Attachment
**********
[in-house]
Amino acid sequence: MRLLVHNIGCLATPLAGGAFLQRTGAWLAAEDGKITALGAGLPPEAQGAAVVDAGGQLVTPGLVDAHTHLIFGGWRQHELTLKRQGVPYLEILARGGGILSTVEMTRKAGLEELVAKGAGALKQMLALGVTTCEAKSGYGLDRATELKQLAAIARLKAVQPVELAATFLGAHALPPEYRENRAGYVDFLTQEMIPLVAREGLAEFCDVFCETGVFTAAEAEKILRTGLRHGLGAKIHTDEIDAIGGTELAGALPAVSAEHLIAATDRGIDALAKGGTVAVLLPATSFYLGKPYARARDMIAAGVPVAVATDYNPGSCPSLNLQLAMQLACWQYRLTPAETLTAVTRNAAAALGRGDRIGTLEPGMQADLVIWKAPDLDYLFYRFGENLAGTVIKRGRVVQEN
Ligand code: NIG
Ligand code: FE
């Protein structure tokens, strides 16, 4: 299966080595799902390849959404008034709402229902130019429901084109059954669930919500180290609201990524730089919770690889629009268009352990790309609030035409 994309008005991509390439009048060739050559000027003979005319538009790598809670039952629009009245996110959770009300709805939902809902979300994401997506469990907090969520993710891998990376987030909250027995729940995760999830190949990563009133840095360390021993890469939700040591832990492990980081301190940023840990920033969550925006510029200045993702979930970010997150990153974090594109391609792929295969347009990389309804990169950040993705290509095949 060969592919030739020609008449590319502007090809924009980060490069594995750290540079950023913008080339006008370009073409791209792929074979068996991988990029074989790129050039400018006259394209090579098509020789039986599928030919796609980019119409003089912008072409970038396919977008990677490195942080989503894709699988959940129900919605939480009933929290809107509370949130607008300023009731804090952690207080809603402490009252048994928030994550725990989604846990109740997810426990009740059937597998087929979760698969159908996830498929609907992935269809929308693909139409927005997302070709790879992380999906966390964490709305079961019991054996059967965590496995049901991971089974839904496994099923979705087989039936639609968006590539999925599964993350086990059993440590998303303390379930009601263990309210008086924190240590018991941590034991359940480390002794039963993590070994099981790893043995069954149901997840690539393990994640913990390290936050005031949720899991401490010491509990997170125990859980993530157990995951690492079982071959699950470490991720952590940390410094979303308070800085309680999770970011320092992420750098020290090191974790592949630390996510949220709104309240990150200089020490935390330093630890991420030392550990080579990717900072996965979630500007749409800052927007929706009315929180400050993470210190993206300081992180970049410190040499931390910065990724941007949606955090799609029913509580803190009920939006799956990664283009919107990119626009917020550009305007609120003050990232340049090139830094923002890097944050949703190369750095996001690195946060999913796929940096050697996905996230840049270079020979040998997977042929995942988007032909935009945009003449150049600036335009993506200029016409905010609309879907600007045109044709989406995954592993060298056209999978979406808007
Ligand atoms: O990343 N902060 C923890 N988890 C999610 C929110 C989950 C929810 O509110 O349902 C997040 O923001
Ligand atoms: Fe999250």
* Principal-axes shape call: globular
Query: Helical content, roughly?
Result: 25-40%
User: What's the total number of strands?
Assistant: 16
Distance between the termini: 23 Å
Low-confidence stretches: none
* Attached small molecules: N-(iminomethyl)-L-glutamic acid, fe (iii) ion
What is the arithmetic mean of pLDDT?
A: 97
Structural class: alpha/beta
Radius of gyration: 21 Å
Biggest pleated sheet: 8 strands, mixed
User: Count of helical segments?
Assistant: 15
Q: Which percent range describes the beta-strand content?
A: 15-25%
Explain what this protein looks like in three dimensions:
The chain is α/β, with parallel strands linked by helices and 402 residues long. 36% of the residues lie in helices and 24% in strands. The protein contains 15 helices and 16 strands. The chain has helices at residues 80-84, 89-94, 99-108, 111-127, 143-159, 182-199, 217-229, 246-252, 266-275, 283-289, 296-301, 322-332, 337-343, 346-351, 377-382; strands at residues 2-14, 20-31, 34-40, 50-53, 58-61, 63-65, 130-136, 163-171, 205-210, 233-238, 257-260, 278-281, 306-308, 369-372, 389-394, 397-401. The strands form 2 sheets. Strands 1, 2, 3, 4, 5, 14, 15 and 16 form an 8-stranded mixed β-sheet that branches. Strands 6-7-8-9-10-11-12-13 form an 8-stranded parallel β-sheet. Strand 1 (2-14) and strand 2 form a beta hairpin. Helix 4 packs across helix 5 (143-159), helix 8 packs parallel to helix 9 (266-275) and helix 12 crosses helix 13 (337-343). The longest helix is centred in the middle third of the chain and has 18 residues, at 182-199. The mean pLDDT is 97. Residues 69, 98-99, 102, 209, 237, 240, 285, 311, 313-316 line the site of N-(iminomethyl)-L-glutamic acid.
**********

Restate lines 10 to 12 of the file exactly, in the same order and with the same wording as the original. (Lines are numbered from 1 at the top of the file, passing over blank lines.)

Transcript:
Result: 25-40%
User: What's the total number of strands?
Assistant: 16